Nor do I follow the rather worrying argument that is always made about a large number of these experiments being done without anaesthetics, unless this is qualified by a clear statement that the experiments carried out under Certificate A are those which do not need an anaesthetic of any kind—that is, a subcutaneous injection, or something of that kind, a change in diet, the giving of certain substances, poisonous though they may be. Nobody, even if they were going to carry out a dastardly experiment with a horrible poison, would be giving an anaesthetic in order to give the animal his dangerous drink. To say that a large number of experiments are carried out without anaesthetics is a useless statement unless it is highly qualified. But we cannot go to the other extreme and say that all the experiments carried out under Certificate A—that is, no anaesthetic required—are trivial, harmless and not pain-provoking. I agree with both speakers who have said that it is in that area that perhaps some of the most questionable experiments of the present day are being undertaken.

But, apart from the figures, it is important to consider whether the nature of animal experiments has changed in the past 100 years, and to that I give an unequivocal, "Yes". Not only are many new techniques now being employed, and many new chemical substances and drugs being used, but there has been the development of behavioural science with its psychological tests which many of us think are particularly in need of careful control. There has been this enormous change-over towards mandatory tests which I suppose were hardly considered at all when the Act of 1876 was originally drafted, the testing of drugs and food additives and, more lately, cosmetics; in other words, official and commercial research rather than academic research, to which the Act was really meant to apply.

I must remind your Lordships that a very large number of the drugs which are so efficient today, and which have so revolutionised the outlook of people with many diseases, including tuberculosis, have been largely developed by the pharmaceutical companies, and it is the greatest mistake to think that because an experiment is carried out under the auspices of a commercial firm it is therefore in some way undesirable. I might, if pressed, be tempted to go to the opposite extreme and question whether some of the curiosity of the academics is more questionable than the realities of commerce. In that context we must also realise that these large pharmaceutical firms are mostly, if not all, multinational, and that what we do about bringing in regulations in this country about animal research with reference to drug testing, and so on, will have repercussions all over Europe, if not all over the world, and that we must try to keep in line with what is happening in other countries. I am convinced there is an important change in the whole situation, not only in numbers but in kind.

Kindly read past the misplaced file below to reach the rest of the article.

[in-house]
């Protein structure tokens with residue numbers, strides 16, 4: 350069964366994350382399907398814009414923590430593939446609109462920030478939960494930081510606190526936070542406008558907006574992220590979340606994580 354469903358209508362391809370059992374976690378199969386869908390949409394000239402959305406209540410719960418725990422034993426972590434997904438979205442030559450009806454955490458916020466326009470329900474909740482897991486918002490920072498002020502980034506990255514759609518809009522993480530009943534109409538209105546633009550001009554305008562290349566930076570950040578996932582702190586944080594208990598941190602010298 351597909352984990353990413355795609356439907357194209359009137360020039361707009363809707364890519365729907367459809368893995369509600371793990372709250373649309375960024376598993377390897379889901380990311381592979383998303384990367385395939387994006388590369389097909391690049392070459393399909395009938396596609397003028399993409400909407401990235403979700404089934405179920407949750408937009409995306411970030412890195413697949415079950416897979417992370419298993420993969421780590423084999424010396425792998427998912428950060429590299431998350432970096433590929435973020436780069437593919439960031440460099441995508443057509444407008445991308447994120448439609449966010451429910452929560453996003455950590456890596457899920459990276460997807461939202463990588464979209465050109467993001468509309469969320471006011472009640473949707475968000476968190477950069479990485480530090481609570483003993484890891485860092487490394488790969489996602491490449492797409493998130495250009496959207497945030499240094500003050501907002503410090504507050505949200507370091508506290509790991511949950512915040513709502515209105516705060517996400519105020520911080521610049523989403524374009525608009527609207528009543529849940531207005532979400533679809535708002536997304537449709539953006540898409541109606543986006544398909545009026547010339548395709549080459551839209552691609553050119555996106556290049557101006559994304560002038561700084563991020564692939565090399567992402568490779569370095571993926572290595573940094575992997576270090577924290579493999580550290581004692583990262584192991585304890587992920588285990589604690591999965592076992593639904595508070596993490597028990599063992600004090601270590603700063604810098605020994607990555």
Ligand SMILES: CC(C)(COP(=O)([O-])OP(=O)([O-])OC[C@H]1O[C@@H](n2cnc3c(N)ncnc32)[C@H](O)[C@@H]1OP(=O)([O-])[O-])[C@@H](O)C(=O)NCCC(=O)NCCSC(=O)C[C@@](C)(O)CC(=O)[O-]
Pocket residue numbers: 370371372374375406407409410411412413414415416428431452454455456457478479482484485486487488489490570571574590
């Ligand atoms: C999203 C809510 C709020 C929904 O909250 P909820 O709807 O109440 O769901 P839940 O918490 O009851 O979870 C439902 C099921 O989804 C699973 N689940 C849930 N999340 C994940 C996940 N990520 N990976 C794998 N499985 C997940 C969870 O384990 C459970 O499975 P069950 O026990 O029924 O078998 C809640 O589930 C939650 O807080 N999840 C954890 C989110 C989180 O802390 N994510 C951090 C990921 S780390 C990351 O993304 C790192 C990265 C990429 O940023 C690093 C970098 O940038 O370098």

To those who say: "Everything is all right, the old Act was wonderfully drawn up; it served us well and there is no need to change it", I ask: Are you not really going back into your own past and thinking of your own department which was always faultless in its care in animal experimentation, and thinking, because of that, that everybody else is just as faultless?"

Let me now say how I feel the Act works and I will go back to my own experiences. As a Professor of Medicine I had to sign many of these applications. I soon found out that if I did not sign them they were sent to the Professor of Surgery and he signed them. That seems to be a kind of loophole somebody should be trying to close in some way. Either I was wrong or he was wrong, and there should be some neutral way of deciding. As a President of a Royal College, I soon found out that if I refused to sign an application for a certificate the President of another Royal College would sign the application. I was told by a President of a Royal College that when I became a President myself I would have a large number of these applications to sign. He said: "I suppose you will do them blind, as we all do." Those were the words he used. But I did not. I do not say that I scrutinised every one with the greatest of care, because a large number of them were just routine which we always passed. However, there were certainly others which I would not pass, but which later got a certificate.

Then—and this is the most important point of all—I was on the Advisory Committee of the Home Office for 11 years, and we met only five times and advised on 19 cases, five of them by correspondence. Out of the milions of experiments—I am now coming back to figures which I have just said do not convince me—only 24 in that time ever came before the Committee at all. We never met at all to discuss questions of principle; questions of how big the cages should be; the size of the smallest cage in which it it justifiable to keep dogs or cats; whether the regulations about the procurement of animals were adequate, and so on. We did not discuss questions of that type. We discussed whether a Committee of Inquiry should be set up and, as your Lordships know, we have heard today that the Littlewood Committee was set up in 1963 and reported in 1965.